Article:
Council feuds with mayor on park plan; Finkbeiner refuses to fund Bowman Park

By Joshua Benton
Blade Staff Writer

Page A13

It’s a dream that has spanned decades, and Councilwoman Tina Skeldon Wozniak thought it was close to being reached.

West Toledo’s Bowman Park, full of weeds and garbage, the source of dozens of complaints to her council office, was finally going to get fixed up. More than a dozen city employees had spent hundreds of hours creating a master plan that would make the park a recreation haven, with baseball fields, soccer fields, and a pond.

She had lined up support in key city departments, and met with the important private entities around the park, including Start High School and the YMCA. She thought she had the administration’s approval.

But Mayor Carty Finkbeiner said he was not willing to shell out public dollars to renovate the park without private support.

“Show me the private sector support, and the private sector money, and I’ll show the interest,” the mayor said. “Major park improvements require private sector support.”

Mrs. Wozniak said she was “sickened” by the mayor’s rejection. So she wants to get around it. She has lined up the support of her fellow council members to squeeze an extra $400,000 out of the capital budget.

“I’m confident we’ll get the support we need from council members,” Mrs. Wozniak said.

Councilman Bob McCloskey was more direct.

“We don’t need him to put the money into Bowman Park,” he said. “All we have to do is pull money out of every project he wants in the city of Toledo, and we’ll get it done. If that’s what it takes, that’s as far as we’ll go.”

Everyone seems to agree that the planned improvements to Bowman Park will be both wonderful and expensive. The cost of the project could reach $5 million. Soccer and baseball fields would be added, bikeways and pedestrian paths and vehicular roads would be built, and a drainage system would be added.

Bowman Park is now primarily used for baseball. It features 10 fields, but only one has lighting, rest rooms, or a grass infield. That field is used by the Start High School baseball team, which was ranked No. 1 in the country for much of last year.

But there are lots of problems. When it rains, the park does not drain well, earning it the nickname “Bowman Pond.” There have also been some concerns about crime in the park, Mrs. Wozniak said.

After years of dreaming about changes, Mrs. Wozniak, along with neighborhood activists, started working with the department of parks, recreation, and forestry to develop a plan for improvement.

SSOE Studios of Toledo helped bring the parties together to discuss what the proposed park improvements might look like.

Among the items the parks department’s proposal calls for is the purchase of an adjoining piece of land that would be converted into a new park entrance on Jack man Road.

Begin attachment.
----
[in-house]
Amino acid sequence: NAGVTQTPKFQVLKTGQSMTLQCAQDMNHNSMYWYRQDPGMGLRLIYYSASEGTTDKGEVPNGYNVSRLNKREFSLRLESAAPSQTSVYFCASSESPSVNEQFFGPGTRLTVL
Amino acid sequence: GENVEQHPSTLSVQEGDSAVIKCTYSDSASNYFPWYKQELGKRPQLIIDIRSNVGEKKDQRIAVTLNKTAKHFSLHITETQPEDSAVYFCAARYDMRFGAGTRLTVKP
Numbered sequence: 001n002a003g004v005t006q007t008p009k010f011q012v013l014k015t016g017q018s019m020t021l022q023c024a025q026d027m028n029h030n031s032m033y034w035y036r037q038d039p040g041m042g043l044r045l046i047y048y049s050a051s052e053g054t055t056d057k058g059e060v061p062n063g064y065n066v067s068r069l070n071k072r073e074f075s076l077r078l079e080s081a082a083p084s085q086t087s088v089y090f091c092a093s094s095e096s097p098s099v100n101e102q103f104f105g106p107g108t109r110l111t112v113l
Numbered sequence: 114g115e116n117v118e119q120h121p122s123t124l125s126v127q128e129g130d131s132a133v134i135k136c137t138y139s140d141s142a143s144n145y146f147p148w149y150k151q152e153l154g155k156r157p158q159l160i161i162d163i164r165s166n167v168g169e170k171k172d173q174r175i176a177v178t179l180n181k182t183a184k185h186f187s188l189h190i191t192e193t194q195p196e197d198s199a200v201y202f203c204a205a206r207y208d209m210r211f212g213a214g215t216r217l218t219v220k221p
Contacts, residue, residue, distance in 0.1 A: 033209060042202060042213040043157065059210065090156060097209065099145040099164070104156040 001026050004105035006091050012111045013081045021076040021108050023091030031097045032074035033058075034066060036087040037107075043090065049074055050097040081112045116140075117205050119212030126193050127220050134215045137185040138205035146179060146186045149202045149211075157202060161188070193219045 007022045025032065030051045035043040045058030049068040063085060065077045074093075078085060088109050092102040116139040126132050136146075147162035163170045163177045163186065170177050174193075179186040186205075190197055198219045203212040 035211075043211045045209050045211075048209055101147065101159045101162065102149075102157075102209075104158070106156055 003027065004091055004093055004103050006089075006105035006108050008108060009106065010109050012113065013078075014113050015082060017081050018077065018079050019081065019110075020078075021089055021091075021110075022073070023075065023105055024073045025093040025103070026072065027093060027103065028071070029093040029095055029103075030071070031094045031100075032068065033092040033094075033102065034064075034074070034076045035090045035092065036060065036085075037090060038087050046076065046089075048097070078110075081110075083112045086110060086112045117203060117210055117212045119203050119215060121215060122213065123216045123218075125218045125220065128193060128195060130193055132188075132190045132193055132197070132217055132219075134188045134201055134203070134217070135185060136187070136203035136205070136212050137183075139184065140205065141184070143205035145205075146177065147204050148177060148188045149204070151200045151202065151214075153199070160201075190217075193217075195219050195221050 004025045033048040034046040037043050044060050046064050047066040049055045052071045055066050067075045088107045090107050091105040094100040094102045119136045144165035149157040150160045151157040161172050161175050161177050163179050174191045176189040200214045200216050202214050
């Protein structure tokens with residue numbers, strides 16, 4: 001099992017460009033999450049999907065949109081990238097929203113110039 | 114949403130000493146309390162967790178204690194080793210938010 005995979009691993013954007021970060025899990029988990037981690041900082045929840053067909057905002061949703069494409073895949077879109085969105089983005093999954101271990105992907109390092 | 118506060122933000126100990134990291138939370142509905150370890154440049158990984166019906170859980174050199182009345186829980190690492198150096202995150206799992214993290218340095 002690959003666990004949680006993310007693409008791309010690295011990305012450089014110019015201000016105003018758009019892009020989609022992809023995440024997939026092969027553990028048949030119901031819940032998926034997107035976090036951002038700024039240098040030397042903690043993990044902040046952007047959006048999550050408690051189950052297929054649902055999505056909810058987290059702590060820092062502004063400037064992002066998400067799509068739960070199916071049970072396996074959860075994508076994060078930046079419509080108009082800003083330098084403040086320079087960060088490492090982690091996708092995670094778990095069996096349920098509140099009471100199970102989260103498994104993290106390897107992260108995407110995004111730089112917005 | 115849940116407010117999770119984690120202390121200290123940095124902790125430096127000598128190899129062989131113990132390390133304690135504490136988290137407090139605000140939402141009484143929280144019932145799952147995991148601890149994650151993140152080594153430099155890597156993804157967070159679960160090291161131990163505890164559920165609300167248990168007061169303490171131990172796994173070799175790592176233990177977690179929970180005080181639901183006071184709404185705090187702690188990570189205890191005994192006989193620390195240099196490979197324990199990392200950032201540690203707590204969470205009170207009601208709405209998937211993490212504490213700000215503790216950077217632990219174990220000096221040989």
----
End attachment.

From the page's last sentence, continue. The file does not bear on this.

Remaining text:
When the parks department put together its wish list for the city’s capital budget, it included $600,000 for Bowman, including the land purchase. But the mayor decided not to include it in the budget he proposed to council.

He sent a terse, two-line memo to Mrs. Wozniak.

“Improvements will have to come from private sources in 1999,” the mayor wrote. “We have 143 parks and nowhere enough money to care for these 143.”

On Tuesday night, during his State of the City address, the mayor said one of his major goals of 1999 would be to improve the city’s parks. But he said the city already has made major commitments to other recreational facilities in West Toledo, including a planned baseball park for the Trilby Youth Sports Federation and a planned soccer complex at the former DeVilbiss High School.

Those are being done primarily with private investment, he said, and the city would not get involved in such a major park improvement without commitment from the private sector.

Mrs. Wozniak said that they are planning to seek funds from the private sector but that a corporation is much more likely to sponsor something like a new baseball field than the basic infrastructure work that needs to be done first.

“We need to get the public money to start the private money coming and to get the entire project rolling,” she said.

Mr. Finkbeiner said one of the reasons he doesn’t want to put public money into the park is that Mr. McCloskey had promised him a year ago the entire project would be funded privately. But Mr. McCloskey said the mayor isn’t telling the truth.

“I told him we were going to look for grants and private funding, but I never told him there would be no public money,” he said.

The councilman said that a baseball complex could make it possible for major tournaments to be regularly scheduled in Toledo, pumping thousands of dollars into the local economy.

“There are three major complexes run by the athletics department, and none of them are in West Toledo, the most densely populated part of the city,” Mr. McCloskey said.

Although Mrs. Wozniak said she will find the money to fund the park renovations, the mayor said that’s not possible.

“It’s not there to be found,” he said. “If they take the money from somebody else’s park, or somebody else’s renovation, then they will have to answer to those people. …At some point, you’ve got to prioritize what the community is most interested and excited about doing.”

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